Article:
Wetlands and West Nile Virus

WNV-1008
Date: 
05/08/2015
William J. A. Saville, DVM, PhD, Dipl ACVIM, Chair, Veterinary Preventive Medicine
Jeffrey D. Workman, PhD, Extension Program Coordinator, Veterinary Preventive Medicine

West Nile virus (WNV) is a viral disease that can cause encephalitis or meningitis, infection of the brain and the spinal cord or their protective covering. Prior to 1999, the disease was found only in Africa, Asia and southern Europe. Since 1999, WNV has spread throughout North America and has continued to cause disease in the United States. The yearly number of cases and fatalities has fluctuated depending on the weather conditions throughout the nation.

WNV—Human Cases/Deaths
Year United States Ohio
Cases Deaths Cases Deaths
1999 62 7 0 0
2000 21 2 0 0
2001 66 10 0 0
2002 4,156 284 441 31
2003 9,862 264 108 8
2004 2,539 100 12 2
2005 3,000 119 61 2
2006 4,269 177 48 4
2007 3,630 124 23 3
2008 1,356 44 15 1
2009 720 32 2 0
2010 1,021 57 5 0
2011 712 43 21 1
2012 5,674 286 122 7
2013 2,469 119 24 4
2014 2,122 85 11 1

WNV is spread to people by the bite of an infected mosquito. The principal transmitter of WNV is the northern house mosquito (Culex pipiens). Mosquitoes first become exposed to the virus when they feed on birds that are infected with WNV. Once the mosquito is infected, it may transmit the virus to people or other animals when it bites them. Many birds can be infected with WNV, but crows and blue jays are most likely to die from the infection. Horses, too, are prone to severe WNV infection. People cannot get WNV from another person or from a horse that has the disease.

There is no vaccine currently available for WNV for people or most animals. However, there are vaccines available for horses, which represent 96.9 percent of all reported nonhuman mammalian cases.

WNV has become endemic in the United States and remains a serious disease threat; however, the number of cases and deaths vary significantly as climatic conditions vary by region from year to year. Sporadic seasonal epidemics will continue to occur in various regions of the country when weather and environmental conditions are most suitable. State, federal and local agencies continue to work together to address the health risks of WNV to Ohio families and their animals. Mosquito control efforts are often increased in urban areas during the summer to protect people from potential exposure to the disease.

Q. If I'm hiking or walking in an area with wetlands, how can I protect myself from WNV infection?

A. WNV infections usually peak in late summer and early autumn, before mosquito numbers are reduced by hard freezes. If you hike or walk outdoors during this period, you should wear a long-sleeved shirt and long pants, and your should apply insect repellants to clothing and skin, following the label directions, to prevent mosquito bites.

Q. What is the value of a wetland?

A. Wetlands are among the most biologically productive habitats in the world. Before European settlement, Ohio's wetlands covered 18.9 percent (5 million acres) of the state. As settlers moved west, they drained the wetlands for timber and farming, thus eliminating 87 percent of the state's original wetlands. Wetland-dependent wildlife species have been severely impacted by this significant reduction in the amount and quality of wetland habitat. Wetlands are highly productive. They warm quickly in spring and produce abundant quantities of food for amphibians, reptiles, shorebirds, migrating birds and waterfowl. Even small sites, much less than an acre, can produce hundreds of frogs, toads and salamanders. Wetlands also provide critical links to other habitat types and wildlife populations.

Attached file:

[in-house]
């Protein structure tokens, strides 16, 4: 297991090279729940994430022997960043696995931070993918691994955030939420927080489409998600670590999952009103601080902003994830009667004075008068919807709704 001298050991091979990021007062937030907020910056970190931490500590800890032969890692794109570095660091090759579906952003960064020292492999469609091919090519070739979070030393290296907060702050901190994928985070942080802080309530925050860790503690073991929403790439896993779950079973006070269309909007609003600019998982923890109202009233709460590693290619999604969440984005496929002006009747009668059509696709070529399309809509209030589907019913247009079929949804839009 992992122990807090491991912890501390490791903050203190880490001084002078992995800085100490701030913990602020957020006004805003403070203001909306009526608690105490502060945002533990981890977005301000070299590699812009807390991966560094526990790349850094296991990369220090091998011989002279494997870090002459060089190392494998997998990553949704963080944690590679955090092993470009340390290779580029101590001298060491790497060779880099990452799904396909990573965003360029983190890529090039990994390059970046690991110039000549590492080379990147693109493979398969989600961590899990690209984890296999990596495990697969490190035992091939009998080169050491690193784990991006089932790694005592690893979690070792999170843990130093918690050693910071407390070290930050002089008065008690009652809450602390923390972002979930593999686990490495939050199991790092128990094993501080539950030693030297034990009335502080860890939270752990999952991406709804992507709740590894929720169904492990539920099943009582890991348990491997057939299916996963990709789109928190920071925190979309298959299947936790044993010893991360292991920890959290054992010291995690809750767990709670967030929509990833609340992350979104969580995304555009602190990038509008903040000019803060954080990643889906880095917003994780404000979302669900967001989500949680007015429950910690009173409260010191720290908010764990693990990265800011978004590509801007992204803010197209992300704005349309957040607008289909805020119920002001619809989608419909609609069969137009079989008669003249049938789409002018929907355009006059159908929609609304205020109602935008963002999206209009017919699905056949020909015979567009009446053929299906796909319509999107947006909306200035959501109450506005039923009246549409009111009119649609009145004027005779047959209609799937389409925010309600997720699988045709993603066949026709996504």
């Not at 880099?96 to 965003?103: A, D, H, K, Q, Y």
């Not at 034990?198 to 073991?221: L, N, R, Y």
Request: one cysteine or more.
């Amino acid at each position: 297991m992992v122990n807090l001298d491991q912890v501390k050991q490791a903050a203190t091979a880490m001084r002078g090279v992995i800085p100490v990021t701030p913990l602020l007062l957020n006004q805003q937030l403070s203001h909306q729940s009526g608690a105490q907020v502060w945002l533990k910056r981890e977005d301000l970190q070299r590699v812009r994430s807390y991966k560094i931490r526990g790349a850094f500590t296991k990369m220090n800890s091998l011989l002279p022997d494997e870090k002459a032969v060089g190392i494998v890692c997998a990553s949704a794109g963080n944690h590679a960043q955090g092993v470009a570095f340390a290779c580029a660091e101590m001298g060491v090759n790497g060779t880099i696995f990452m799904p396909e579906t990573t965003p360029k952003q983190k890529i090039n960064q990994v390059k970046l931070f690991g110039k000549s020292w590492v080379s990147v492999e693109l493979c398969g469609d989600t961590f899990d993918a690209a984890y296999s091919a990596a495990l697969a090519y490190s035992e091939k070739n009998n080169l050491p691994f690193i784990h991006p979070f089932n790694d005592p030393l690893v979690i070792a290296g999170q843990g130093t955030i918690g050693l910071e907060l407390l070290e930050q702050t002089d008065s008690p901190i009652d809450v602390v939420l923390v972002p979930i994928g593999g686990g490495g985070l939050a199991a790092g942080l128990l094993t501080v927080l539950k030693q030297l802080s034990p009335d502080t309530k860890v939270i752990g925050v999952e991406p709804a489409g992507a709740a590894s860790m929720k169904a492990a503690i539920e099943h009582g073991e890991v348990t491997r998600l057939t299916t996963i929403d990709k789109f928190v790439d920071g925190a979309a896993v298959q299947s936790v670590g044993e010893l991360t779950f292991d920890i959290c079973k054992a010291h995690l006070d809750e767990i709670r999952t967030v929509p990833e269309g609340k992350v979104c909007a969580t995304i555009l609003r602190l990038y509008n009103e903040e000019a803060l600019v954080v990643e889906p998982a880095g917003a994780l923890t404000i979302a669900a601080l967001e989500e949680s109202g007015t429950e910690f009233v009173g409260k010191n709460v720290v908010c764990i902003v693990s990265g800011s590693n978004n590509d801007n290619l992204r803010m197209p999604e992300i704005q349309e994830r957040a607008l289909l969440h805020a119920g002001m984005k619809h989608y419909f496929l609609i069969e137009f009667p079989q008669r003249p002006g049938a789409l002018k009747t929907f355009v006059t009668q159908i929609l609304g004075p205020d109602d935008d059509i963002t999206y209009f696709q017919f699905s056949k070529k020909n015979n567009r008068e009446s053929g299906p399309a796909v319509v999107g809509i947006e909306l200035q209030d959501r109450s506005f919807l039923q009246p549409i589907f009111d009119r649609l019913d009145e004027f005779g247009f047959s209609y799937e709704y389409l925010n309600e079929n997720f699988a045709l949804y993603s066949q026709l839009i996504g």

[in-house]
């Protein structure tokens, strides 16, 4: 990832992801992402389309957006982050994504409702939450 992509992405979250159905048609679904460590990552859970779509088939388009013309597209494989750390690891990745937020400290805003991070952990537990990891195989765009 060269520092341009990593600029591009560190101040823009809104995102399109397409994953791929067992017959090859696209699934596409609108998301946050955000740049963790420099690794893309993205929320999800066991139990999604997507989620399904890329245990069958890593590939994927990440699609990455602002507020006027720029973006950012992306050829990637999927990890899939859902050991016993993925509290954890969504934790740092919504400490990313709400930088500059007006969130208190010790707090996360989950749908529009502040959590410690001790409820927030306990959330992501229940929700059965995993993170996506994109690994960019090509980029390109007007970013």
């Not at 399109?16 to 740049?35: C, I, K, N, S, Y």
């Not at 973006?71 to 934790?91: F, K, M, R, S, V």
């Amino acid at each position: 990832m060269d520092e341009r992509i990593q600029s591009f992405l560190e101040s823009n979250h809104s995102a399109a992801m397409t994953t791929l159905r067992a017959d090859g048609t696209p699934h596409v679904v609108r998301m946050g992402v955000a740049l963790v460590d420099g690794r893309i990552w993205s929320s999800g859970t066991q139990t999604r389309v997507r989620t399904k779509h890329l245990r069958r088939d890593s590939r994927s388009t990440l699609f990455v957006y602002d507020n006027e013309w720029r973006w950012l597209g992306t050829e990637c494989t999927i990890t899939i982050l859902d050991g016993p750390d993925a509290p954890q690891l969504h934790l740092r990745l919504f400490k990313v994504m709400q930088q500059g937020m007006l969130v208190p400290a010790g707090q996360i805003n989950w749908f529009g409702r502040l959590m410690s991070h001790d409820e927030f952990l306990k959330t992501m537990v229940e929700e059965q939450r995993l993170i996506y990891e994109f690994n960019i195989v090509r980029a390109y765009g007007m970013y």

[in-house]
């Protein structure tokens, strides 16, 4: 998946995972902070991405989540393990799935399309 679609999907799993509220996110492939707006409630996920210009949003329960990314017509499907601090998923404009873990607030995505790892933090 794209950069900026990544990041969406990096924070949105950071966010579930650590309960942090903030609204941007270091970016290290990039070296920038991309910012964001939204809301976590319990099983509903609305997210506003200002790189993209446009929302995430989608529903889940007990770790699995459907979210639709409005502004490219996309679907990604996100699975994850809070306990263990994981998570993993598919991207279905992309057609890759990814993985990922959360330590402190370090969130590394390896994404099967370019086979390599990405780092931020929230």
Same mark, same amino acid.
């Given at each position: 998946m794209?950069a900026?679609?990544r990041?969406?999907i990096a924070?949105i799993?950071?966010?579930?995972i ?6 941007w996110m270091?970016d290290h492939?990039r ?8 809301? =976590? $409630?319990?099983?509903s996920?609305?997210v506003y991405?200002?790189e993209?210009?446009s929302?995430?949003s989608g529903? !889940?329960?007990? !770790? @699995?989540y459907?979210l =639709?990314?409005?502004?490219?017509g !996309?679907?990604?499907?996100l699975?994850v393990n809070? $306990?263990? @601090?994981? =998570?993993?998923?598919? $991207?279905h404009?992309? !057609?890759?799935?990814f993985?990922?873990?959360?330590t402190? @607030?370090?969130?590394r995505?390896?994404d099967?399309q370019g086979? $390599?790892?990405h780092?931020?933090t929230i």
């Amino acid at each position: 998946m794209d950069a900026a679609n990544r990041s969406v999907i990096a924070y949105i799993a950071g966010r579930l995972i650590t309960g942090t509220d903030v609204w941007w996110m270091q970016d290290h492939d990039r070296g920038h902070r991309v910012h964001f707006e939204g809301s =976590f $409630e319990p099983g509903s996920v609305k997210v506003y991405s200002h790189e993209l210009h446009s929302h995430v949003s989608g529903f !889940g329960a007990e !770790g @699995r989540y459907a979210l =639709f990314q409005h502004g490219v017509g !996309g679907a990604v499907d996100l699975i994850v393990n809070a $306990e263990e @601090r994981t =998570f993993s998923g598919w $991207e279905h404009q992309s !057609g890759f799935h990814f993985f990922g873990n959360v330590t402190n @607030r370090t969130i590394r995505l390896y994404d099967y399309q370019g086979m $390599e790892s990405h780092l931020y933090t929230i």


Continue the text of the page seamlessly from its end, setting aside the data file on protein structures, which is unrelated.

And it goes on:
Q. Should wetlands be drained to control mosquitoes?

A. Because the Culex mosquito can breed in very small amounts of water, eliminating temporary standing water in plastic containers, discarded tires or other water-holding containers around one's property can greatly reduce breeding areas. Any stagnant water in rain barrels, irrigation ditches, clogged gutters, backyard home septic systems and road-side ditches can serve as breeding sites. The difference between these water-holding places and wetlands is the presence of mosquito-eating predators. Wetlands are home to a host of mosquito-eating beetles, backswimmers, water striders, dragonfly larvae, etc., making them significantly less ideal breeding sites for Culex mosquitos.

Q. Can wetlands be drained or are there regulations that protect them?

A. Wetlands are afforded protection from draining under the authority of the Ohio Environmental Protection Agency in several sections of Ohio Administrative Code 3745. Under this authority, the hydrology necessary to support the biological and physical characteristics naturally present in wetlands shall be protected to prevent significant adverse impacts on the wetlands. A person cannot alter the wetland's water levels, which also includes groundwater recharge and discharge.

The Status of WNV in Ohio

WNV has been confirmed in Ohio every year since 2001. Infected mosquitoes, birds, horses and humans have been found in all Ohio counties. Therefore, the virus can be present throughout the state.

Resources

For the current status of WNV in Ohio and for more information, you can visit the following websites or contact your local health department.

Program Area(s): 
Ohioline https://ohioline.osu.edu